Soils and growing substrates
Plants used for facade greening may be grown in soil in the ground, or in containers filled with a well-designed growing medium. The principles outlined in growing substrates for green roofs is relevant to green facades and is outlined here.
The use of planter boxes, mounted at varying heights above the ground, can allow greater coverage of the facade, where the building is so tall that ground level plants will not reach the top. The advantage of in-ground planting, where soil is of a reasonable quality, is that the plants will have more access to water (the soil will not dry out as quickly as in a container) and will have more space for their root systems to grow.
Container growing media must be designed to support ongoing growth of plant shoots from a limited, contained root volume, and at elevation. Although many climbing plant species have superficial root systems and may thrive in a small volume of substrate, there is a notable link between root volume and sustainable foliage volumes. Climbers required to cover greater areas will require greater substrate volumes. However, weight loading restrictions may limit the depth that can be supported for container systems at elevation.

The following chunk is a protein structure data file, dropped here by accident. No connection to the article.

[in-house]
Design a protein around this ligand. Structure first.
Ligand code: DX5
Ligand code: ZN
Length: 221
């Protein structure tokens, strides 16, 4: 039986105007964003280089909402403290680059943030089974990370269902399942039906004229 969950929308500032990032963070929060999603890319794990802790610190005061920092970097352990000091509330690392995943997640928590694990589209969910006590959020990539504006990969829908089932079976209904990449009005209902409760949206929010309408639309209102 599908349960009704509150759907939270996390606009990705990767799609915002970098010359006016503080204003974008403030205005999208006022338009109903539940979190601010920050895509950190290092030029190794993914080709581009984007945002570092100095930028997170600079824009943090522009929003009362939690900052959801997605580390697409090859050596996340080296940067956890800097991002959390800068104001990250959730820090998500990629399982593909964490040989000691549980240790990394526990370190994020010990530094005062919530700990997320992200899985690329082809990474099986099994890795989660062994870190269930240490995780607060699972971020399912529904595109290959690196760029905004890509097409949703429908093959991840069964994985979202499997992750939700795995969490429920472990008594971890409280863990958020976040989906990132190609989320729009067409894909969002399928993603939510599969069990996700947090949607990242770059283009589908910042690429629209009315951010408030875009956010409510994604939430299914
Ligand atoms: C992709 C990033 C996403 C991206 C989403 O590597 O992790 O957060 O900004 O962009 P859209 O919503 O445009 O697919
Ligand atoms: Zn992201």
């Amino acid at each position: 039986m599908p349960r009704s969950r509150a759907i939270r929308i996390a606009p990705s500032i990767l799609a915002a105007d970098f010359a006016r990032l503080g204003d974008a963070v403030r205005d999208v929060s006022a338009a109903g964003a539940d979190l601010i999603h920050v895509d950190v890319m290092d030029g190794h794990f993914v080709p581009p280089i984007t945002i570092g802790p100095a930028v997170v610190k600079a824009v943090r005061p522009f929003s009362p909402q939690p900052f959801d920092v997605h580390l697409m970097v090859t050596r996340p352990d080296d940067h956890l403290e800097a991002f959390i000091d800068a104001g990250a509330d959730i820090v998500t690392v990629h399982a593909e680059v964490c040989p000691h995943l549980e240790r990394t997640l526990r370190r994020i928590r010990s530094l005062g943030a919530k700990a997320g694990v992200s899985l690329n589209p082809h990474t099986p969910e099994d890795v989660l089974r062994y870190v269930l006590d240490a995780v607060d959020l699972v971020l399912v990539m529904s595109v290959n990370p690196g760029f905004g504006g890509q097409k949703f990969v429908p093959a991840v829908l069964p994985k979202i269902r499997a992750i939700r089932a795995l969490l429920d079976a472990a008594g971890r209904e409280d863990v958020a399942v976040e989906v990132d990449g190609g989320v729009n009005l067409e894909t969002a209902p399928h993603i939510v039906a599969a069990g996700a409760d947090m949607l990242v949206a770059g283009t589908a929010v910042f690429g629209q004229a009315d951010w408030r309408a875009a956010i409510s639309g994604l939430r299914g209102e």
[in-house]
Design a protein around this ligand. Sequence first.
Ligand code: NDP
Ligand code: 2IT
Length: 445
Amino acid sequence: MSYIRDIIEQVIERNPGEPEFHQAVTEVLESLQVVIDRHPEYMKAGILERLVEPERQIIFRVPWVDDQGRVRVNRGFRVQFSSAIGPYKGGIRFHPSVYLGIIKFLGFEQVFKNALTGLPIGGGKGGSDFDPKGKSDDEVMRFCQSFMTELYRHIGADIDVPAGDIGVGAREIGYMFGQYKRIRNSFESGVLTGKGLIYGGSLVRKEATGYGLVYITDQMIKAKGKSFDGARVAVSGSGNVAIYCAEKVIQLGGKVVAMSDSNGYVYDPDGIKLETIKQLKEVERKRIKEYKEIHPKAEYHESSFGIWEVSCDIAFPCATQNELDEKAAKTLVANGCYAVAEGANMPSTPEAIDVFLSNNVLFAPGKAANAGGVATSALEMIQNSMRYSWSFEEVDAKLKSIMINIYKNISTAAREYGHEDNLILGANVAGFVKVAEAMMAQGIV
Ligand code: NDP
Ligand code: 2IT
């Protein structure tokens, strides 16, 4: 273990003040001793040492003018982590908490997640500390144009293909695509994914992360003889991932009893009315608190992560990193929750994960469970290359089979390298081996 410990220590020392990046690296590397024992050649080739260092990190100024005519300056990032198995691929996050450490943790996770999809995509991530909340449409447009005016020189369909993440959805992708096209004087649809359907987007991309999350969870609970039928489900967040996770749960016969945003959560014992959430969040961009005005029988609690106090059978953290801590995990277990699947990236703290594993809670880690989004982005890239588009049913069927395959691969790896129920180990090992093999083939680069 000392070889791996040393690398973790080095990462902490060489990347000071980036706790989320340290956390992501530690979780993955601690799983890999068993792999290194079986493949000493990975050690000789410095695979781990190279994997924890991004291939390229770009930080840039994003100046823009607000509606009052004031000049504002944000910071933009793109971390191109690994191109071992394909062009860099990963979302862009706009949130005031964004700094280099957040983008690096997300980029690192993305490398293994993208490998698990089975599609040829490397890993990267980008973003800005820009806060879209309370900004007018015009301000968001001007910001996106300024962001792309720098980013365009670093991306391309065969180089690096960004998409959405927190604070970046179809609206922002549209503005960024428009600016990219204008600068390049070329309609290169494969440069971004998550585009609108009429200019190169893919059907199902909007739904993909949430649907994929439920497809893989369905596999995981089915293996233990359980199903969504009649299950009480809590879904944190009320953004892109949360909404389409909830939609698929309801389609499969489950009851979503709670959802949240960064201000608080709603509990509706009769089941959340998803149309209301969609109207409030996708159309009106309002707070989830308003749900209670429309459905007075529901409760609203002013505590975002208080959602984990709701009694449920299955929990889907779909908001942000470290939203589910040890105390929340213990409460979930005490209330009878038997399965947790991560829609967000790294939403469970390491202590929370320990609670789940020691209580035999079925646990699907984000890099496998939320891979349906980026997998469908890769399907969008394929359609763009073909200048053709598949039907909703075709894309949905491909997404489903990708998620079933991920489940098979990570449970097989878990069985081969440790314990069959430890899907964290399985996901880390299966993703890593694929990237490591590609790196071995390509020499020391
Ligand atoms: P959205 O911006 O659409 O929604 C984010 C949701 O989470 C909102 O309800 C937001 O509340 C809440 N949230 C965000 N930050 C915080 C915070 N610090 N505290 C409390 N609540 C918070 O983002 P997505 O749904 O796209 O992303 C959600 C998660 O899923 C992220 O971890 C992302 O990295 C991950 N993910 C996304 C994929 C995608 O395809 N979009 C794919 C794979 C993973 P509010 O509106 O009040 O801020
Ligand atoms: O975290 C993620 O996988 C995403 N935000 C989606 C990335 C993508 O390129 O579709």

In-ground plantings will generally outperform container plantings in the long term. Ensure the planting bed soil or growing media has a suitable balance of porosity and water-holding capacity, and an adequate supply of nutrients to ensure optimal growing conditions. In a garden setting with good quality soil and adequate irrigation, there should be little to impede strong plant growth. In city landscapes, with large areas of impervious paved surfaces and soils that may be highly compacted, soil structure may be poor. In such cases, consider installing a ‘structural soil’ that can be compacted to enable footpaths or other hard surfaces to be installed, while still providing adequate porosity to support root growth. In some buildings the foundations sit out from the wall, underneath the ground – these footings should be set deep if a garden bed is planned adjacent to the wall.
Seek the advice of a horticultural consultant to ensure the volume of soil or growing medium will support the desired height and spread for the green facade.